Just in time for the holidays, the U.S. Public Interest Research Group (U.S. PIRG) has released its 25th annual survey of toy safety, and it has some really great info for parents looking for the safest toys for their kids.

Last week, I wrote a post with tips on how to find safe toys for the holidays.  The report contains similar tips, along with the background data on which toys to avoid and why.  

Their researchers hit a bunch of national chain toy stores and other retailers in September and October 2010 to look at what's on the shelves and find potential dangers. They also looked at recall notices from the Consumer Product Safety Commission to identify trends in toy hazards.

This year, they found that the biggest dangers in stores are the children’s products that contain the toxic chemicals lead and phthalates, as well as toys that may pose a choking hazard to children.

Here are some of their findings:

  • Despite a ban on small parts in toys for children younger than 3, there are still toys available that pose serious choking hazards. Parents should use extreme caution when buying toys for young children and avoid toys with small parts.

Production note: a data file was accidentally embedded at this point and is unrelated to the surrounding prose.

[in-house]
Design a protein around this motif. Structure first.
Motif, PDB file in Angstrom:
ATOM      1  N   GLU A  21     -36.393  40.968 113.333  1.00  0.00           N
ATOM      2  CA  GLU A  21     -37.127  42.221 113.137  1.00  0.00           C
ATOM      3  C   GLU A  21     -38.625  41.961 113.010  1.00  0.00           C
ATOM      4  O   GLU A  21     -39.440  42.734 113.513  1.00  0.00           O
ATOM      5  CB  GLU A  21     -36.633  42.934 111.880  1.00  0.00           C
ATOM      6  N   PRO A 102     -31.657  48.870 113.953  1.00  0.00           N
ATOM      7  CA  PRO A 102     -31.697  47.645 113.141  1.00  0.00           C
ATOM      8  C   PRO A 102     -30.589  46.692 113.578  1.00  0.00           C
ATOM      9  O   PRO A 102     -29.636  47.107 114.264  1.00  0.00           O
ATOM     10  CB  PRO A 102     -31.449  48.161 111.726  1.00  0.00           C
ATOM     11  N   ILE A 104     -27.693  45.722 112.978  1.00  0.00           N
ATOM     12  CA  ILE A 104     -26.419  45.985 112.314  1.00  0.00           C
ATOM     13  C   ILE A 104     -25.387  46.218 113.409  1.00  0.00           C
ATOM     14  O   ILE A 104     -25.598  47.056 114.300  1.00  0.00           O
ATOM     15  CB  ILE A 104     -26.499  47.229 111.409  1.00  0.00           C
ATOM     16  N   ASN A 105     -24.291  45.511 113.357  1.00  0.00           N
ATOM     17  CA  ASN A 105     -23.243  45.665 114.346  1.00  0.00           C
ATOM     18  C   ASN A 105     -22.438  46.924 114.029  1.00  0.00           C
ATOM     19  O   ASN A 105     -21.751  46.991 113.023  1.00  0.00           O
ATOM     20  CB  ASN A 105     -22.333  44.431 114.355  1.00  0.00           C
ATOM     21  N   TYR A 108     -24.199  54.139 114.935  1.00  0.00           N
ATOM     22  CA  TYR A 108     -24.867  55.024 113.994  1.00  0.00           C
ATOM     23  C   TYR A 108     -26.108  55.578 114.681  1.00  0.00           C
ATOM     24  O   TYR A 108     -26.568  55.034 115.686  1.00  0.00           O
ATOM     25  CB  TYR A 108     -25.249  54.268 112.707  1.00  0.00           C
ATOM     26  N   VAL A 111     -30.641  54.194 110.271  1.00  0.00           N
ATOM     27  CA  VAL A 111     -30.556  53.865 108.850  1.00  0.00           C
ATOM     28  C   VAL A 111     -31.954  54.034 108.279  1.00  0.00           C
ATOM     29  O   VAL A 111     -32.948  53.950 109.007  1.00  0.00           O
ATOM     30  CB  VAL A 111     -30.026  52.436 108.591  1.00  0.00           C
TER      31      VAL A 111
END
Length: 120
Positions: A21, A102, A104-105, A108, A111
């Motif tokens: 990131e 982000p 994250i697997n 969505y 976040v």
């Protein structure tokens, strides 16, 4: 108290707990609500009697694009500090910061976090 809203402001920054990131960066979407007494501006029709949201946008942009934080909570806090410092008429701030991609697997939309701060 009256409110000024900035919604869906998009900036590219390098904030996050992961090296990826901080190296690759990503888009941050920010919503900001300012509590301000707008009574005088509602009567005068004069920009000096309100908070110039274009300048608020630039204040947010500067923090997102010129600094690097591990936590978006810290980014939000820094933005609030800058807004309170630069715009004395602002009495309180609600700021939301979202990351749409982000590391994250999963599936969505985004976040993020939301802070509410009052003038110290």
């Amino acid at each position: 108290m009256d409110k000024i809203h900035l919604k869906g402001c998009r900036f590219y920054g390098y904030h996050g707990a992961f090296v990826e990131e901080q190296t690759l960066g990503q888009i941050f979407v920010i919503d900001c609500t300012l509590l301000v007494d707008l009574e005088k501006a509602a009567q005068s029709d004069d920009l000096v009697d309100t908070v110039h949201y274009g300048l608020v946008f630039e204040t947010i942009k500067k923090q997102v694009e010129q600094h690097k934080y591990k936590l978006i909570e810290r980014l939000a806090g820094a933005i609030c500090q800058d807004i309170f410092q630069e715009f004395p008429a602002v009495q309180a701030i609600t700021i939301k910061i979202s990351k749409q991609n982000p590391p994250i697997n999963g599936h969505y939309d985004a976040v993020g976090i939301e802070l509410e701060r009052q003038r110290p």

• Lead and other metals have been severely restricted in toys in the past two years. Still, it is not uncommon to find it used in dangerously high levels in toys. Avoid toys with brightly colored paint or toys made from vinyl that may have high levels of lead.
  • In 2009, many toys and other children’s products containing more than 0.1 percent of phthalates were banned. Still, researchers found many toys that contained high levels of phthalates in stores. Look for toys labeled "phthalate-free." Avoid soft-plastic toys or those made of PVC, which often contain phthalates.
Click here to download the complete U.S. PIRG Trouble in Toyland report.